Asana is the third limb in Pantajali’s yogic system and a limb that you be familiar with as it encompasses the postures we perform in class. The word asana, however, can almost translate to seat or a method of sitting. In the Yoga Sutras, Patanjali defines asana as ‘to be seated in a position that is firm, but relaxed’. Continue reading
One of our beloved yogafusioners, Karina Natt, has been brave enough to share her experiences of becoming a student of hot yoga with us. Karina has been coming to the studio since 3 December 2013 and has never looked back!
I began with yogafusion during a personally and professionally emotional time and I was also suffering physically with a painful hip issue, so it was an interesting way to begin. Continue reading
Meet the Director/Principal Teacher – Sue Czuchwicki (Taurus)
When did your yoga journey start? And why did you start?
Sixteen years ago – to complement triathlon and cycling training and to get a good stretch, relaxation and grounding. My first class was a community class run by the local pharmacy in Bendigo, Victoria. The teacher (Sally Downes) was warm and friendly and had a special disposition about her that I was really drawn to and no other past coach/trainer had. The class itself was a nice mix of physical work and relaxation and I remember having the best night’s sleep after that first class. I knew then that there was something in this practise; something deep.
What led you to decide to become a yoga instructor?
Nothing in particular led me to it as it intuitively just felt right. Whilst initially the benefits of practicing yoga were of a physical nature I was amazed how soon yoga began to extend beyond the mat and into my daily life and relationships.
Yoga brought a calming focus to my life, a greater awareness when facing life’s challenges and I wanted to share what I was receiving with others. It was fairly soon after I had started yoga classes that I had already made enquiries to Sally. Interestingly, she said that out of all the students in her classes, she had a feeling I would be the one asking her about teacher training. Maybe it’s Karma?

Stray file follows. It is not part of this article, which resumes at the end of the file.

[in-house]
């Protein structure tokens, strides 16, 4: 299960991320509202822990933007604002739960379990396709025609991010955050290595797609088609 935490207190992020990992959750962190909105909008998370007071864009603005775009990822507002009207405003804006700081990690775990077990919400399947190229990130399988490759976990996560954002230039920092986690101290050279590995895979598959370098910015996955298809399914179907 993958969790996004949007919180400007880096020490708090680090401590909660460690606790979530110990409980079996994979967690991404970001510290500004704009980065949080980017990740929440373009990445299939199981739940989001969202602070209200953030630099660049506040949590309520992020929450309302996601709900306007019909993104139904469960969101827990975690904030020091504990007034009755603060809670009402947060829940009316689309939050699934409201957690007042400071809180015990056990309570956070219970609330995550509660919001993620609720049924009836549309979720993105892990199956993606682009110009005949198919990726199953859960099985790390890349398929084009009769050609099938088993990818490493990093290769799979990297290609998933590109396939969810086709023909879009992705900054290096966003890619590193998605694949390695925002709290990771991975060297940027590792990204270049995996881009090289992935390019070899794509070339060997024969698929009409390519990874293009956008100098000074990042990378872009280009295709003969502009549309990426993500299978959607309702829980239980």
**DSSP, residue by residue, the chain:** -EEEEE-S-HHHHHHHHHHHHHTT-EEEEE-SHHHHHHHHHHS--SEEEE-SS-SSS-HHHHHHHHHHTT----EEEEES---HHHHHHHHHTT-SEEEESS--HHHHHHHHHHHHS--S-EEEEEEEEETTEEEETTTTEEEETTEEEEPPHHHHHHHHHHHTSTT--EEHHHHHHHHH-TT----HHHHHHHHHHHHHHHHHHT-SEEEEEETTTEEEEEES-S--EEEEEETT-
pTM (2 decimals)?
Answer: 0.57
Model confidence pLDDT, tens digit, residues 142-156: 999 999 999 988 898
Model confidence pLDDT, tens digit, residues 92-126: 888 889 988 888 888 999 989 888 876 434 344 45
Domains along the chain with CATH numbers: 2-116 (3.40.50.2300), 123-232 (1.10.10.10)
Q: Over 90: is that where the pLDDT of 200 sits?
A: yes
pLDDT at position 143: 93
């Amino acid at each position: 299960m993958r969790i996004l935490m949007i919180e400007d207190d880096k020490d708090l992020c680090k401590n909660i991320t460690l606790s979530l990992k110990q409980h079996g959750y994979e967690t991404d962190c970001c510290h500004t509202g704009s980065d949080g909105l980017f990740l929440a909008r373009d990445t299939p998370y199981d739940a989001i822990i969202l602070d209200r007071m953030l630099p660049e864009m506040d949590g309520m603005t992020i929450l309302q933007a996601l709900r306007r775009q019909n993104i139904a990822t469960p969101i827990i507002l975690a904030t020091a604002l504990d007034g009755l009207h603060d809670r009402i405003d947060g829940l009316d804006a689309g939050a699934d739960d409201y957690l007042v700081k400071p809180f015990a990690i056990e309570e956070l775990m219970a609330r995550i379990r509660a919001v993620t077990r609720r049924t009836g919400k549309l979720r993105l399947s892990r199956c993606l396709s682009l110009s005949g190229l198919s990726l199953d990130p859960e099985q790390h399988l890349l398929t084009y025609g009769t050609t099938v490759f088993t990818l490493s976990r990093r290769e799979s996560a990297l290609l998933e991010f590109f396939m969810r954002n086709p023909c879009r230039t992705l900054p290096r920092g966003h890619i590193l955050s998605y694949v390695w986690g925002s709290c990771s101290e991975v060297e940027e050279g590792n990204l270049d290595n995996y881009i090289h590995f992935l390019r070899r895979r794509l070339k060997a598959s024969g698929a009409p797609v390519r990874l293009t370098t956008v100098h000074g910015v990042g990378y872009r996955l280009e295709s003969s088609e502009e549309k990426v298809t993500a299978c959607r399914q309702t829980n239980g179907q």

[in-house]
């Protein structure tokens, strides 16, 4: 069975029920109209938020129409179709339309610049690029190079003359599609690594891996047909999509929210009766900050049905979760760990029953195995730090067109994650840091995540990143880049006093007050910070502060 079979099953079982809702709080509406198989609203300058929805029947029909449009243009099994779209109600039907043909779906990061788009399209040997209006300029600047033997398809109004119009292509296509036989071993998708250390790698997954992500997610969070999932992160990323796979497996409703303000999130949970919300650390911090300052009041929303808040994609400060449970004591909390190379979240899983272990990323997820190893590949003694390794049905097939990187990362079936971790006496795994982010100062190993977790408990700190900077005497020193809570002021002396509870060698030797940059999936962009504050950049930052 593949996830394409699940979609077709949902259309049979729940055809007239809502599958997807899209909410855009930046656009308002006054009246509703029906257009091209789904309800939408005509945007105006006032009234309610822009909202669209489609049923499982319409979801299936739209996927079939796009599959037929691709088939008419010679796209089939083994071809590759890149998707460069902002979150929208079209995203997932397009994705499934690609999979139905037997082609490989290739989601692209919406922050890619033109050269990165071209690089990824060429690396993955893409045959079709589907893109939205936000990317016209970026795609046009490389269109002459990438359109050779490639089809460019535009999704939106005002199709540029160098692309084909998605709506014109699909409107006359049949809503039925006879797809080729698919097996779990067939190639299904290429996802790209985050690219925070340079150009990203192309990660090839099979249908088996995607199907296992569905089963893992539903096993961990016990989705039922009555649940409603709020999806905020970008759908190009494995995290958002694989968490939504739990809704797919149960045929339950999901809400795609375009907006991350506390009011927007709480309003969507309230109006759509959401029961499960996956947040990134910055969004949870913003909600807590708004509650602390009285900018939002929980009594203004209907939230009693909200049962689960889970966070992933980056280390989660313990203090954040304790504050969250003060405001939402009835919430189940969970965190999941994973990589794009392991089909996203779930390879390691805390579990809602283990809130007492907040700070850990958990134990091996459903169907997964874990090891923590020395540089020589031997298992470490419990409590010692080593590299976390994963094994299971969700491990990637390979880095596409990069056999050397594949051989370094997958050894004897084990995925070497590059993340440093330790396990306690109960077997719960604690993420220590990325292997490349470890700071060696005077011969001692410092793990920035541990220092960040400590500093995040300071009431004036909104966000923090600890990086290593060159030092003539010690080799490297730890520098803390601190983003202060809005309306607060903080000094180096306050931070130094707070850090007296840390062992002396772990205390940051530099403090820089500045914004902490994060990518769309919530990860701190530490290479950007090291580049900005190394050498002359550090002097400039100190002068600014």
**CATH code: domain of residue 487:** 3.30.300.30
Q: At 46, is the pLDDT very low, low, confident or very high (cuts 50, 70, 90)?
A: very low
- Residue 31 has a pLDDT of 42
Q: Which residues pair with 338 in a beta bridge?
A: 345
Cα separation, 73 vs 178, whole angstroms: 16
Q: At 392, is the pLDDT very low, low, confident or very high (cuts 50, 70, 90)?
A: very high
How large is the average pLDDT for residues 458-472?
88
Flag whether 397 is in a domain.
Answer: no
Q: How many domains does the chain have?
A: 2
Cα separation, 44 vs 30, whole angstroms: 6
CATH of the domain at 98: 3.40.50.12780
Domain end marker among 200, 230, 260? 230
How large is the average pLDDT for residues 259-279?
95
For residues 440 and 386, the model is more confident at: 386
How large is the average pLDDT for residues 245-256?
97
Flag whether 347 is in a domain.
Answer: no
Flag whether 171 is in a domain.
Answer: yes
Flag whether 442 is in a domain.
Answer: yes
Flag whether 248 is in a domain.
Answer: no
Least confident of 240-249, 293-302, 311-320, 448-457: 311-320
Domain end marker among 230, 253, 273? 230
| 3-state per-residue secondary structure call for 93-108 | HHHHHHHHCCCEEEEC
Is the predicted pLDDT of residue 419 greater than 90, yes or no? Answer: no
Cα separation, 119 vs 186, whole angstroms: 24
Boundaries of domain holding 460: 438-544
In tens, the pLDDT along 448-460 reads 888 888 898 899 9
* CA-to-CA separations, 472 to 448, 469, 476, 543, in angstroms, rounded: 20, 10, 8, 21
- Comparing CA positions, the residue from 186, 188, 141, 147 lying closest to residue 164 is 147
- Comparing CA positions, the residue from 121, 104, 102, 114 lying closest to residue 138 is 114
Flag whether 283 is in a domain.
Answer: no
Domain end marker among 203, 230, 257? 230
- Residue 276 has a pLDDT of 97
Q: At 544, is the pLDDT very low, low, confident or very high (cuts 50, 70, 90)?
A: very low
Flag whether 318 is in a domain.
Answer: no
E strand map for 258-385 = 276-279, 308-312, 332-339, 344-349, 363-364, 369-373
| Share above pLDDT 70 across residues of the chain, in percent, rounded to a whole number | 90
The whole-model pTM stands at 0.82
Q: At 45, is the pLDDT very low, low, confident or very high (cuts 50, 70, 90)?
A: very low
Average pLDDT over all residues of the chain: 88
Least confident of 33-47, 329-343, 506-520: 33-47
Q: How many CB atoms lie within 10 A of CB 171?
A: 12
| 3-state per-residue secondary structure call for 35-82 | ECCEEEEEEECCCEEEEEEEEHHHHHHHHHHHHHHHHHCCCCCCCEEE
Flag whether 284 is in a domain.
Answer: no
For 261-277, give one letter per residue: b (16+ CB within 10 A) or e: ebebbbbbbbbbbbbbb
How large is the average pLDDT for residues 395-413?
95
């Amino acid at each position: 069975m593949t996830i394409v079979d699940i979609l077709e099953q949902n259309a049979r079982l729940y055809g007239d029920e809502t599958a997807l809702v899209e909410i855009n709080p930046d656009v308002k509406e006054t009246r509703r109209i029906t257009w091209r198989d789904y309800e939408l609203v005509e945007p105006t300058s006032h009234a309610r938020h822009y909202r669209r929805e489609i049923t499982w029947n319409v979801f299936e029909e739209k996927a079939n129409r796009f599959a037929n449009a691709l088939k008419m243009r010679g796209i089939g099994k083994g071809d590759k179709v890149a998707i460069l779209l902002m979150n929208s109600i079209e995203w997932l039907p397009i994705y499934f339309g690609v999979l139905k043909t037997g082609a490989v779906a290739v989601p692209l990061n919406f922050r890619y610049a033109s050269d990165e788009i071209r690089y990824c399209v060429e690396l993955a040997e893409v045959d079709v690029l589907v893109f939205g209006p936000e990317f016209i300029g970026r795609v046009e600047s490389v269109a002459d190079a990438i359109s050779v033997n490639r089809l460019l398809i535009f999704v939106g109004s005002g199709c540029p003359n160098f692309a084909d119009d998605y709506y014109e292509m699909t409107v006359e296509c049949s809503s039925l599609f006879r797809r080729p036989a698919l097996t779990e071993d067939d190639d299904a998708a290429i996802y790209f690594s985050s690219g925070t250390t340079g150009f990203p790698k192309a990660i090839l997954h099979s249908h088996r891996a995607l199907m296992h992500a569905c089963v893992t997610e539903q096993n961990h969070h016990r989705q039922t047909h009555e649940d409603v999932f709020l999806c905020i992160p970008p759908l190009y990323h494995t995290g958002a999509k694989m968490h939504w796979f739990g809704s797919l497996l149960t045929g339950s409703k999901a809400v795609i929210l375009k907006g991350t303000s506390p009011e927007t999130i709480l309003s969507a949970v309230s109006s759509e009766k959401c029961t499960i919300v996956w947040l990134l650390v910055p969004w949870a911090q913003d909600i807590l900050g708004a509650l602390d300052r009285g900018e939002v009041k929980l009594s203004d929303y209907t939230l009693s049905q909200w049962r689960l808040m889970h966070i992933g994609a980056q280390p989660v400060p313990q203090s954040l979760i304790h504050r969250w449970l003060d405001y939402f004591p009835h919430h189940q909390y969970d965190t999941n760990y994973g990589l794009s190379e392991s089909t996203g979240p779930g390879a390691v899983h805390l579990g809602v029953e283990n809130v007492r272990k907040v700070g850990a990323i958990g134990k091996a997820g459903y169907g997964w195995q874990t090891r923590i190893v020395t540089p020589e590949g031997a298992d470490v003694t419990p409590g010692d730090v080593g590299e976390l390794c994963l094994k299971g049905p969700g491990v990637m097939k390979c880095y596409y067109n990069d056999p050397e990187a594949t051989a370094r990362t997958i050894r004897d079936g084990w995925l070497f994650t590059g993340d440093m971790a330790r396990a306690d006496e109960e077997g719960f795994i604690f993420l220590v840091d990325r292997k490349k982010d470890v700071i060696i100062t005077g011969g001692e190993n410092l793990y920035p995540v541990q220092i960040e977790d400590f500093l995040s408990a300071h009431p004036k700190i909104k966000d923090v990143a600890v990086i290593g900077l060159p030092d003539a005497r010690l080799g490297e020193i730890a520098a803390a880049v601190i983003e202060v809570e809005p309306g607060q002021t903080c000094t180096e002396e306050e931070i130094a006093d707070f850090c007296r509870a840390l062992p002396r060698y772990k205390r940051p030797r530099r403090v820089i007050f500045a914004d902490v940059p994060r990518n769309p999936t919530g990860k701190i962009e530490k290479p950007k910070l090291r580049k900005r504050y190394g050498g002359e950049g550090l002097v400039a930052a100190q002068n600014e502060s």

What do you find most rewarding about being a yoga instructor? And most challenging?
Firstly I would like to make the distinction between yoga instructor and yoga ”teacher”. I believe that yoga is a science, a philosophy and a way of life. An instructor is someone who details physical postures whereas a “teacher” is someone who uses the postures to stimulate awareness and deeper understanding of yoga science. Having said that it doesn’t mean I’m not instructional in my teaching but for me “instructor” doesn’t involve inspiration or understanding. An instructor tells you what to do but a teacher helps you understand why you are doing it. Continue reading
Chakra may now be a common term to you and you may even have an understanding of its meaning.
The chakras (meaning wheel or cycle) are culmination points for nadis (channels) of prana sacral chakra(energy or lifeforce). A useful analogy when considering chakras is to envision nadis as highways, filled with cars (prana) and the chakras are the intersections and roundabouts where these highways meet.
The chakras reside on the sushumna nadi, which is the central channel of energy that is aligned with the spinal column.
Let’s look closely at the solar plexus chakra:
Manipura is located at the solar plexus region and driven by the element of fire, this is where your inner sun is located – the area that produces your inner heat and sun like energy.
It is about your core self, your “power”, and your inner sun, which produces heat and energy. It’s about accepting the “jewels” of life – also known as your birthright. The yantra features a ten petalled lotus, with an inverted red triangle in the centre. Continue reading